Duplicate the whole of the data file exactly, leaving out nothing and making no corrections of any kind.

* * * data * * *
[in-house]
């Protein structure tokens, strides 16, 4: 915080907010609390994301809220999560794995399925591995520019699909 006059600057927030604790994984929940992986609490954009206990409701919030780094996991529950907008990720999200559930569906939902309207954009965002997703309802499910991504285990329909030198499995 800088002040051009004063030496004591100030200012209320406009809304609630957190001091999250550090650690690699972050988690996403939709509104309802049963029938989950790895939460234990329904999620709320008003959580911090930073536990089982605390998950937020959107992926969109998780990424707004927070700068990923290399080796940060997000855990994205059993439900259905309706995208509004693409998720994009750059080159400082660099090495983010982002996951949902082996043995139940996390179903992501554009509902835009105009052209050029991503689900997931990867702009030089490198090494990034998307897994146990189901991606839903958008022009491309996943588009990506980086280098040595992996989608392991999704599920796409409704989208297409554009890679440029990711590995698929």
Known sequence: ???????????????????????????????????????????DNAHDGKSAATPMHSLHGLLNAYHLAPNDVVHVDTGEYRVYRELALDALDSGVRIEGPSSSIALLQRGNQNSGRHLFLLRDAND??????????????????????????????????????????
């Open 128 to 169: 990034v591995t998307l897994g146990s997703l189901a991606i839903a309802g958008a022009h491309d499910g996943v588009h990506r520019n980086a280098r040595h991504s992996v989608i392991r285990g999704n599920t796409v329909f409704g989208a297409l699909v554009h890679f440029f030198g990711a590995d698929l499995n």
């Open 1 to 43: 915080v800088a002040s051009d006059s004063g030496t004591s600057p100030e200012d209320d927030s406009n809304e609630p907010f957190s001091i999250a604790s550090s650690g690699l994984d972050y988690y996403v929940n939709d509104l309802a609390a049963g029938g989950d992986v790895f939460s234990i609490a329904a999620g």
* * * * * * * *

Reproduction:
[in-house]
């Protein structure tokens, strides 16, 4: 915080907010609390994301809220999560794995399925591995520019699909 006059600057927030604790994984929940992986609490954009206990409701919030780094996991529950907008990720999200559930569906939902309207954009965002997703309802499910991504285990329909030198499995 800088002040051009004063030496004591100030200012209320406009809304609630957190001091999250550090650690690699972050988690996403939709509104309802049963029938989950790895939460234990329904999620709320008003959580911090930073536990089982605390998950937020959107992926969109998780990424707004927070700068990923290399080796940060997000855990994205059993439900259905309706995208509004693409998720994009750059080159400082660099090495983010982002996951949902082996043995139940996390179903992501554009509902835009105009052209050029991503689900997931990867702009030089490198090494990034998307897994146990189901991606839903958008022009491309996943588009990506980086280098040595992996989608392991999704599920796409409704989208297409554009890679440029990711590995698929």
Known sequence: ???????????????????????????????????????????DNAHDGKSAATPMHSLHGLLNAYHLAPNDVVHVDTGEYRVYRELALDALDSGVRIEGPSSSIALLQRGNQNSGRHLFLLRDAND??????????????????????????????????????????
């Open 128 to 169: 990034v591995t998307l897994g146990s997703l189901a991606i839903a309802g958008a022009h491309d499910g996943v588009h990506r520019n980086a280098r040595h991504s992996v989608i392991r285990g999704n599920t796409v329909f409704g989208a297409l699909v554009h890679f440029f030198g990711a590995d698929l499995n």
């Open 1 to 43: 915080v800088a002040s051009d006059s004063g030496t004591s600057p100030e200012d209320d927030s406009n809304e609630p907010f957190s001091i999250a604790s550090s650690g690699l994984d972050y988690y996403v929940n939709d509104l309802a609390a049963g029938g989950d992986v790895f939460s234990i609490a329904a999620g």